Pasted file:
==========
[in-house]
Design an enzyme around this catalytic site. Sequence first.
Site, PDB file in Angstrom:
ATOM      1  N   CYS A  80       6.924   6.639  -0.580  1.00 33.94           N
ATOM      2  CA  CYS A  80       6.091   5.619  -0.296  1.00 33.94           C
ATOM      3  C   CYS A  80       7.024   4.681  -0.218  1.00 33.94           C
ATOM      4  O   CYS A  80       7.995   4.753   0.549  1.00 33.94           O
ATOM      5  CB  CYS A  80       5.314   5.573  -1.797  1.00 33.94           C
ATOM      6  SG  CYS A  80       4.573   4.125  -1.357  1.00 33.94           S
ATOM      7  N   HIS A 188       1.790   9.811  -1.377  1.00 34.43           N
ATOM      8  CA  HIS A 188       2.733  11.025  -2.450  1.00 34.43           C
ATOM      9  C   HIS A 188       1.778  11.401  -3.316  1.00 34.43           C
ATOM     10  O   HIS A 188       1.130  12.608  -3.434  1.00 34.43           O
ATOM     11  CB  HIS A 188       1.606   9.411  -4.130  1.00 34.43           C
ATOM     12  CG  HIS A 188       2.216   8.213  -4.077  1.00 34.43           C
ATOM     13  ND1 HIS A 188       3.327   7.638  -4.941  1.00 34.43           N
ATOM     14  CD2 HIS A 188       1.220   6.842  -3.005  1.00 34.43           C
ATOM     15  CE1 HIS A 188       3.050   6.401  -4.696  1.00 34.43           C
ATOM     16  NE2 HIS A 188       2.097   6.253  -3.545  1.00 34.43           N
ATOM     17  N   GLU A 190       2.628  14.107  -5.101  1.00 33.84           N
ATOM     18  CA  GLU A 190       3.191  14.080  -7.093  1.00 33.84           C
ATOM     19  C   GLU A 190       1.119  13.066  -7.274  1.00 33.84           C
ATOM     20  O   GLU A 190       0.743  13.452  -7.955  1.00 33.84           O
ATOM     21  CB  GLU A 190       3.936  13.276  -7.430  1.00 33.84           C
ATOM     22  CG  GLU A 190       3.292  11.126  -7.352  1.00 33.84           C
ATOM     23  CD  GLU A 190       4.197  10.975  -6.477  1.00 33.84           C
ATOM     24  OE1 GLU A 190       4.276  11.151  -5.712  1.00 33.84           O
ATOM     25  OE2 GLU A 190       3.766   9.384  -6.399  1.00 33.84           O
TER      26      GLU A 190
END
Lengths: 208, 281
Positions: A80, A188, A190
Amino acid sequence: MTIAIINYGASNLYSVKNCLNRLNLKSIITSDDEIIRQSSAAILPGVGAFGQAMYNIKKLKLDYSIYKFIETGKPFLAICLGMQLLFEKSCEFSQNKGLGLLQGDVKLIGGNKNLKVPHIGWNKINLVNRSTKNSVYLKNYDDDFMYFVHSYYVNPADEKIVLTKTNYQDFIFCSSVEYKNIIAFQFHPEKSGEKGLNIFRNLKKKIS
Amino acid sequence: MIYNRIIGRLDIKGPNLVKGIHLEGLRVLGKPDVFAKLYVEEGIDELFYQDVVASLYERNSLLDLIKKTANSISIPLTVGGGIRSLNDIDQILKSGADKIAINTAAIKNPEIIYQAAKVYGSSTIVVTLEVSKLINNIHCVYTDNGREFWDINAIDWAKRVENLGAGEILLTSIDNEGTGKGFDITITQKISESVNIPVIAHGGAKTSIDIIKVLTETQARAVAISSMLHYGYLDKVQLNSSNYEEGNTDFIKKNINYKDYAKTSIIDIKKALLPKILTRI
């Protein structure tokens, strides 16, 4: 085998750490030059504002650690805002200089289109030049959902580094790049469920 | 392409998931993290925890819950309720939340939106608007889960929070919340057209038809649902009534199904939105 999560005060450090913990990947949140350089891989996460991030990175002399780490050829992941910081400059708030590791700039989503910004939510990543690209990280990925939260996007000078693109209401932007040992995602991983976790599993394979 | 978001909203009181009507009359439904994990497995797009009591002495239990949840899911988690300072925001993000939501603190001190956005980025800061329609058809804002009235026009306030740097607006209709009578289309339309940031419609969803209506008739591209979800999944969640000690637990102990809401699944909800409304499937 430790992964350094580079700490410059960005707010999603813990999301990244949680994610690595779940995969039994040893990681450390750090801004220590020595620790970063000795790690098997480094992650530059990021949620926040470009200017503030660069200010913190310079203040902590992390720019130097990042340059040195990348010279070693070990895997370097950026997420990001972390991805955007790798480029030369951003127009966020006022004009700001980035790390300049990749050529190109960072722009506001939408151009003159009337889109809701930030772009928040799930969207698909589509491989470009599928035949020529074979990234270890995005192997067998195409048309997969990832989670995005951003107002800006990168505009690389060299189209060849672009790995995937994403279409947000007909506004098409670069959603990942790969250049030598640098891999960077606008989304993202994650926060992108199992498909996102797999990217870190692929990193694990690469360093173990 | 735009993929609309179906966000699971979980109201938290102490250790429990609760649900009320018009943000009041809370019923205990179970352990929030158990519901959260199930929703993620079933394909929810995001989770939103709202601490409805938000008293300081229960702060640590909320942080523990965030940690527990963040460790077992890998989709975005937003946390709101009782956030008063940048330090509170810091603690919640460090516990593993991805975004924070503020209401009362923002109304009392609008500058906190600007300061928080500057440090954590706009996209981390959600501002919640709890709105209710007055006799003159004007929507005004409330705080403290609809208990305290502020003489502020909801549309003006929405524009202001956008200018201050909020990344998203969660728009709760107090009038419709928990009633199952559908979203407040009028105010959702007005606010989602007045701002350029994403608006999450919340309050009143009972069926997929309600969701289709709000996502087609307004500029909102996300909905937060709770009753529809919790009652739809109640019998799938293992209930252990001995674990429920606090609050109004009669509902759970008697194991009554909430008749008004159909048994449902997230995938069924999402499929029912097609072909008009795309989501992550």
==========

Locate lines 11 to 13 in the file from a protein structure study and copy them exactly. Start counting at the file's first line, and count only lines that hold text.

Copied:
ATOM      8  CA  HIS A 188       2.733  11.025  -2.450  1.00 34.43           C
ATOM      9  C   HIS A 188       1.778  11.401  -3.316  1.00 34.43           C
ATOM     10  O   HIS A 188       1.130  12.608  -3.434  1.00 34.43           O